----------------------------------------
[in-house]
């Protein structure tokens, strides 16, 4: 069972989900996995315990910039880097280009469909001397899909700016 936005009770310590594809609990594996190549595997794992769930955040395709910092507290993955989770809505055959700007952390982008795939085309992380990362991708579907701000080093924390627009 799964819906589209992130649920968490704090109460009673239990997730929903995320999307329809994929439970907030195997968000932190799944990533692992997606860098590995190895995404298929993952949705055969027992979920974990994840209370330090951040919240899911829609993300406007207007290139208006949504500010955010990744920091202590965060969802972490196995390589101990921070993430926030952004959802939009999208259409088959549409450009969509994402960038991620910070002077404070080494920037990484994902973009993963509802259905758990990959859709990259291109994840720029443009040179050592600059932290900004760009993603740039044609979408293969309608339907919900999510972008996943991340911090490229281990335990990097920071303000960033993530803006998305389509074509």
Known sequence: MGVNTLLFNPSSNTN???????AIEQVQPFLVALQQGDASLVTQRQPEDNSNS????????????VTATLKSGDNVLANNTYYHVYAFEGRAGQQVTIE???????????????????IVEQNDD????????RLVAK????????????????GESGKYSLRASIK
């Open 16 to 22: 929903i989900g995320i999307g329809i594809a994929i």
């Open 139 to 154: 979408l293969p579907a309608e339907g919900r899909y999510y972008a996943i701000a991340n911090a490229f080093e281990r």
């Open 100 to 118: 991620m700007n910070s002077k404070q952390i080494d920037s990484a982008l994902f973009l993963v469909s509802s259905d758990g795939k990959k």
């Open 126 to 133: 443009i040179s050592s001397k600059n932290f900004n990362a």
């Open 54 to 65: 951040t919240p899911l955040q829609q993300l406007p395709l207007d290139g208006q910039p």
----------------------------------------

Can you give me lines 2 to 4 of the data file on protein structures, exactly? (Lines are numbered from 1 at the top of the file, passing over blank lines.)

């Protein structure tokens, strides 16, 4: 069972989900996995315990910039880097280009469909001397899909700016 936005009770310590594809609990594996190549595997794992769930955040395709910092507290993955989770809505055959700007952390982008795939085309992380990362991708579907701000080093924390627009 799964819906589209992130649920968490704090109460009673239990997730929903995320999307329809994929439970907030195997968000932190799944990533692992997606860098590995190895995404298929993952949705055969027992979920974990994840209370330090951040919240899911829609993300406007207007290139208006949504500010955010990744920091202590965060969802972490196995390589101990921070993430926030952004959802939009999208259409088959549409450009969509994402960038991620910070002077404070080494920037990484994902973009993963509802259905758990990959859709990259291109994840720029443009040179050592600059932290900004760009993603740039044609979408293969309608339907919900999510972008996943991340911090490229281990335990990097920071303000960033993530803006998305389509074509």
Known sequence: MGVNTLLFNPSSNTN???????AIEQVQPFLVALQQGDASLVTQRQPEDNSNS????????????VTATLKSGDNVLANNTYYHVYAFEGRAGQQVTIE???????????????????IVEQNDD????????RLVAK????????????????GESGKYSLRASIK
């Open 16 to 22: 929903i989900g995320i999307g329809i594809a994929i």